Resident tax areas are setup in a similar manner, but stored in table t5uta. Likewise, resident tax areas are stored in table t5utr. Resident tax areas have additional functionality that enables the system to suggest a list of tax areas that may be valid for the employee, based on the employee’s zip code. The ‘Maintain zip code ranges per residence tax area’ (table t5utf) specifies a range of zip codes for each tax authority. When a new infotype 207 is created, the system will search this table with the employee’s zip code to get a list of tax areas that might be appropriate for the employee. Although a zip code range exists for work tax areas, there is no other system functionality to support that process (i.e it doesn’t work).

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SAP US Payroll Tax Class

Tax Data Maintenance – Tax Models

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SAP US Payroll Tax Class
The Tax Model is where we define the taxability of wages in SAP Payroll. The ‘model’ is a set of three SAP configuration tables. The first step ‘Define tax authority model’ (table t5ute) is where we associate each tax authority with a two digit model number. The model number is just an arbitrary two digit number that was chosen at the time the system was first setup. If a tax authority changes the way it taxes earnings or deductions, then you would create a new tax model for it, using the effective dates in t5ute.

The second step is ‘Define taxability model’, or table t5utm. In this table we link each taxable wagetype to a tax model. There are four aspects to this link – the resident, work and unemployment taxation of the wagetype, and the taxation for different groups of employees (the tax modifier). The link to the wagetype is via processing class 71 – called the taxability class. For each taxability class we specify if the wagetype is taxable for the tax authority an employee lives in, works in, and for unemployment taxes. These three settings can be customized per tax modifier. For example, we may tax wages for every tax authority for regular employees, but only tax wages for Federal for expatriates. In that case, we put expatriates and regular employees in different tax modifiers, and control the assignment of wagetypes to tax authorities via table t5utm.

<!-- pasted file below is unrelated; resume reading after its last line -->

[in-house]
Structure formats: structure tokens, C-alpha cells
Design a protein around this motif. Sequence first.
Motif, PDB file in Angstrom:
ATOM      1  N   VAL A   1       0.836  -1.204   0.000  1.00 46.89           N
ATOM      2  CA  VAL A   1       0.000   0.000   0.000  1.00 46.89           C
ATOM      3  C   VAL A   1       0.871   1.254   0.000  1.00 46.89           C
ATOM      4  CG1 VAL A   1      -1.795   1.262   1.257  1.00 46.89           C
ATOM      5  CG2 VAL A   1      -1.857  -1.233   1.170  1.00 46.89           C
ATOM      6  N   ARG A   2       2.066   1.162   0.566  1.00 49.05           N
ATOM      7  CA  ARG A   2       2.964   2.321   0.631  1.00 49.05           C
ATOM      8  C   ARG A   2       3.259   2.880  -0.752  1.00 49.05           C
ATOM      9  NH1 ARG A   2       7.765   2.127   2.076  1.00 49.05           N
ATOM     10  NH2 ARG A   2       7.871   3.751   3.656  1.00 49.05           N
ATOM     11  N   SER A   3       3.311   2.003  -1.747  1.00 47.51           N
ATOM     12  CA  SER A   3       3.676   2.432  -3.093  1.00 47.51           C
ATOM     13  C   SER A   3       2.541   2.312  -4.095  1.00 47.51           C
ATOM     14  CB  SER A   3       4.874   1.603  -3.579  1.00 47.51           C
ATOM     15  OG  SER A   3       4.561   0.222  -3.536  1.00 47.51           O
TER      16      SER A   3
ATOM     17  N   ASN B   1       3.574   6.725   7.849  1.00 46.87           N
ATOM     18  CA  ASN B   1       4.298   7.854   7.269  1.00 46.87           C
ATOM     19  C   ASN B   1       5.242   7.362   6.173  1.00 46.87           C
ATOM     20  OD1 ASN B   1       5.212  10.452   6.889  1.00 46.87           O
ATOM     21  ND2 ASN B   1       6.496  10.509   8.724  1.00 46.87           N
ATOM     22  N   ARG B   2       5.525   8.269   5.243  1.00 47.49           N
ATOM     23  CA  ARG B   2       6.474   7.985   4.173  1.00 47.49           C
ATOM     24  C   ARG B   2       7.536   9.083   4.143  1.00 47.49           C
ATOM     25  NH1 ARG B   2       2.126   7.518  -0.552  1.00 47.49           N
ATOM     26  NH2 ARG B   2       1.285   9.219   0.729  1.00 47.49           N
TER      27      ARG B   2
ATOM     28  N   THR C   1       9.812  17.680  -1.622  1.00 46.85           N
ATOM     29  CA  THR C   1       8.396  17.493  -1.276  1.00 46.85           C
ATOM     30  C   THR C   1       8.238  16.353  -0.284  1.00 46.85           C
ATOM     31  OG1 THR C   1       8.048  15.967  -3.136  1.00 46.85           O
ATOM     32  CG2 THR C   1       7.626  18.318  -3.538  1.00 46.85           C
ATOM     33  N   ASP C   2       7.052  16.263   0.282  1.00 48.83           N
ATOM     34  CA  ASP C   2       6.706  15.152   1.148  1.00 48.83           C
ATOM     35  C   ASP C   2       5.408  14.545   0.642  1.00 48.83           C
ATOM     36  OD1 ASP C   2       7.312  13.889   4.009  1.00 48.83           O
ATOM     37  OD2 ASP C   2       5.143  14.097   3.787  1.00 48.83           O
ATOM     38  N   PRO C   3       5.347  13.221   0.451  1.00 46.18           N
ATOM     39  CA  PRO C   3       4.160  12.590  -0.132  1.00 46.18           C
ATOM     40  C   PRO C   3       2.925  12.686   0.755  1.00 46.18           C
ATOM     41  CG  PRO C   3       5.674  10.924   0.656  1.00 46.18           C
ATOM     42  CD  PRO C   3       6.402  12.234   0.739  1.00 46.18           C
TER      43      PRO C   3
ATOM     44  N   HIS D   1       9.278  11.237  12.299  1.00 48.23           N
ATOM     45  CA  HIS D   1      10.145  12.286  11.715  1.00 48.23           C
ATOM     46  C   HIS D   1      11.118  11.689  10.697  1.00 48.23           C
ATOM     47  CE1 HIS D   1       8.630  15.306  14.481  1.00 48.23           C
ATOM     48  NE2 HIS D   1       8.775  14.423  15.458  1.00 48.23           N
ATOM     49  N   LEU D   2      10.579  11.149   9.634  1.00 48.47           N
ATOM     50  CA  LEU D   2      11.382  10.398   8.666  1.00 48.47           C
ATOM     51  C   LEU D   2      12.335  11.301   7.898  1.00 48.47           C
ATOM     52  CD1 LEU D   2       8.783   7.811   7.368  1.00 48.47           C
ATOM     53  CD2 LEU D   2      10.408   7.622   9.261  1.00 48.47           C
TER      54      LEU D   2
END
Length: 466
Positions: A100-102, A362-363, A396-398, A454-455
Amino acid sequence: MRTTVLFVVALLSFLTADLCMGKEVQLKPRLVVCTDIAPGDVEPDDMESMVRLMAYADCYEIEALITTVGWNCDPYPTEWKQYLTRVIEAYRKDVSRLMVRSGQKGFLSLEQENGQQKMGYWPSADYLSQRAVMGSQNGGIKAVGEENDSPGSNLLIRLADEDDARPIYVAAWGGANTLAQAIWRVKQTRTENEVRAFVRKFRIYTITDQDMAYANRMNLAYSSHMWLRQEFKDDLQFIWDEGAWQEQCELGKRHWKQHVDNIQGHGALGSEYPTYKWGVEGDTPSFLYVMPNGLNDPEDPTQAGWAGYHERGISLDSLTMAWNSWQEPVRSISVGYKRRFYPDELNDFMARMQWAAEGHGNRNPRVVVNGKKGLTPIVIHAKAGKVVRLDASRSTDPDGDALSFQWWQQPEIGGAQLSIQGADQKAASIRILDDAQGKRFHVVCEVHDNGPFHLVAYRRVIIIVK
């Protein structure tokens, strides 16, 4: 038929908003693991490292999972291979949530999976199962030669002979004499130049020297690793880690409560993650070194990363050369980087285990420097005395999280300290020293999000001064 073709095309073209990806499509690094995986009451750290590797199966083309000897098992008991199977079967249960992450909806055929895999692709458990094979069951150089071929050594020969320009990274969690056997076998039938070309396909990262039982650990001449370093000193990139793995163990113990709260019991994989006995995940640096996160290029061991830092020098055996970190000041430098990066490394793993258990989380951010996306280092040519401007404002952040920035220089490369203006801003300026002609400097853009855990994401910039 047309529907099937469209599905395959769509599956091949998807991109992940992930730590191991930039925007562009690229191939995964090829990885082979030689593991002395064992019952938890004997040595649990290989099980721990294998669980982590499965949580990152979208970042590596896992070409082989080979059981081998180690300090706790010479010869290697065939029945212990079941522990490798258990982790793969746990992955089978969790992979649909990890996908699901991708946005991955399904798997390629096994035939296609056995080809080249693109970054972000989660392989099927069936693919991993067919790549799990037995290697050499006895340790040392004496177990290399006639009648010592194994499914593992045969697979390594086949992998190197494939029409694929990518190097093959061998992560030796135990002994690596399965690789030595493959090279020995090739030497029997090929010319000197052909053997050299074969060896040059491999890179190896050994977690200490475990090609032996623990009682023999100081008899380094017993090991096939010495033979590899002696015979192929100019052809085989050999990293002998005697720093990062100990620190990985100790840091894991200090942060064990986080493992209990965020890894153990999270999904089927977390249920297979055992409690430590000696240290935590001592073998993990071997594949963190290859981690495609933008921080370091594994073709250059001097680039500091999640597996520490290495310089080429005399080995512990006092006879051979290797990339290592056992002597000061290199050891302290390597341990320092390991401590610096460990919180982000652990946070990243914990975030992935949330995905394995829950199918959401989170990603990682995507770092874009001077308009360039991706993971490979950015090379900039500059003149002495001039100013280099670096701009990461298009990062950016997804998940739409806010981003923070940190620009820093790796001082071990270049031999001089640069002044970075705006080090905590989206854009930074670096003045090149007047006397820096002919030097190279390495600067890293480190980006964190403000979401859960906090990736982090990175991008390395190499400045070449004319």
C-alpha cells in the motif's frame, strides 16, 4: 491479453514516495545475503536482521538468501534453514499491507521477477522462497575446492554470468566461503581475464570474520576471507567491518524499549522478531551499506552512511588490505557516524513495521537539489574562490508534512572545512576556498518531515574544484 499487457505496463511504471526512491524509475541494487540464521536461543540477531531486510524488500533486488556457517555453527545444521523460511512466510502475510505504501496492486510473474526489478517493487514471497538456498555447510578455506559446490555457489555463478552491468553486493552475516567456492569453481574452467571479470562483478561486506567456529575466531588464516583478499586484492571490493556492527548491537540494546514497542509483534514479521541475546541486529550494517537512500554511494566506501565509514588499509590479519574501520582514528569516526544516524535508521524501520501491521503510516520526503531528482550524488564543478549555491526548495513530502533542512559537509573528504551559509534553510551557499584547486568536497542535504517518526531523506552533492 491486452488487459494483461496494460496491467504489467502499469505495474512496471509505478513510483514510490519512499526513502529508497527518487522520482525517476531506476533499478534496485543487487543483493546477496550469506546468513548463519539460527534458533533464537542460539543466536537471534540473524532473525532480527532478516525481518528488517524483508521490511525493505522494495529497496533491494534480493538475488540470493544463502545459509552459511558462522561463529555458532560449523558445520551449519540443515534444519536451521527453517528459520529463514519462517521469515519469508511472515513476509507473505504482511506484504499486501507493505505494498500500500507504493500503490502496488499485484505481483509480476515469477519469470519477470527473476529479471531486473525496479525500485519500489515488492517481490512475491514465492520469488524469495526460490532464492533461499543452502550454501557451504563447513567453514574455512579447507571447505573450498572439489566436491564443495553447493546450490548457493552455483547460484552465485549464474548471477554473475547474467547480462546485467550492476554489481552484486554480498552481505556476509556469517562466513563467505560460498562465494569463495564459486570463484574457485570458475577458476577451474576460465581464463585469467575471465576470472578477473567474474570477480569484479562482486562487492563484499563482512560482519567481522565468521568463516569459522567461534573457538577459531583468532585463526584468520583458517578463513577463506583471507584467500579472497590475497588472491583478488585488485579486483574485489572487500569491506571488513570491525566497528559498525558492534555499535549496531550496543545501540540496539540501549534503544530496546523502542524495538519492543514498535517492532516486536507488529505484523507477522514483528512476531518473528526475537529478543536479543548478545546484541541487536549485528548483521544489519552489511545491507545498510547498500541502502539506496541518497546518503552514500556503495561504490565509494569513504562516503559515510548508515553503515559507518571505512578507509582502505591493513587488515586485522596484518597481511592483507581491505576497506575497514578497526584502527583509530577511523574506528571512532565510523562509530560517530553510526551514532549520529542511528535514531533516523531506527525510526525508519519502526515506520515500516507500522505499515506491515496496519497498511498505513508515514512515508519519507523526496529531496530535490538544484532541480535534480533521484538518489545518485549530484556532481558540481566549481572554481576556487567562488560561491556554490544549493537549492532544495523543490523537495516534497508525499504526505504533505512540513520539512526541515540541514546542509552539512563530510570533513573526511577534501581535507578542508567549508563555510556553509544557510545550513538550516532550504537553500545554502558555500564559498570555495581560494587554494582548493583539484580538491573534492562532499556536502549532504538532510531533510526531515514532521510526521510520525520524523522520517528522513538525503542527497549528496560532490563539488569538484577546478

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SAP US Payroll Tax Class
The tax modifier is determined in payroll in rule ZUDG (tax schema ZUA2). Tax Modifiers Tax Modifier U1 U2 U3 U4 U5 U6 U7 Employee Group Domestic employees & other retiree payments No longer used (was Sundor) US Expatriates Retiree stock options (pay types L and S) No longer used (was Outbound expats) Never used Any employee (expat or regular) whose resident tax infotype (208) is set to Puerto Rico

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SAP US Payroll Tax Class
Table t5utm is where we link the tax authority and tax types to the wagetype:      Tax model: The code for a tax authority, from t5ute Res/wrk/UI: R = resident tax, W = work tax, U = unemployment tax Tax Modif: The tax modifier for the employee Tax Class: The processing class 71 value for the wagetype Tax type combination: A code from t5uty that specifies which tax types the wagetype is taxable for

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SAP US Payroll Tax Class
The third step is where we tell SAP which types of tax to use for each row in t5utm. Table t5uty (define tax type combinations) is where we define codes to represent a set of tax types. In t5utm, if a tax class is taxable for a particular combination of resident, work, unemployment and tax modifier, the system then gets the tax type combo value and looks it up in t5uty to see which types of tax to use. This is how SAP knows which /3xx wagetypes it needs to build. For example, tax type combo 06 would tell the system to build wagetypes /303, /304, /305 and /306.

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SAP US Payroll Tax Class
The Tax Model Diagram shows how the tables, infotypes and wagetypes come together to tell the system which /3xx taxable wagetypes to create: Tax Model Diagram

Employee tax infotypes (207, 208, 209)

Wagetype, processing class 71 (t512w)

Tax type combinations (t5utm)

Tax authority model (t5ute)

Taxability model (t5utm)

Tax modifiers (rule UMOT)

Taxable wagetypes (/3xx)

Useful Reports SAP has a standard program RPUTMDU0 (HR -> Payroll -> Americas -> USA -> Subsequent activities -> Period independent -> Tools -> Tax utilities -> Expand tax models) that reads the tax model tables and shows which tax types are used for each line of t5utm. There is also a standard report that displays all the tax authorities in the system (Display tax authorities on the Tax Utilities menu, or program RPUAUTU1, or view table t5utz via transaction se16).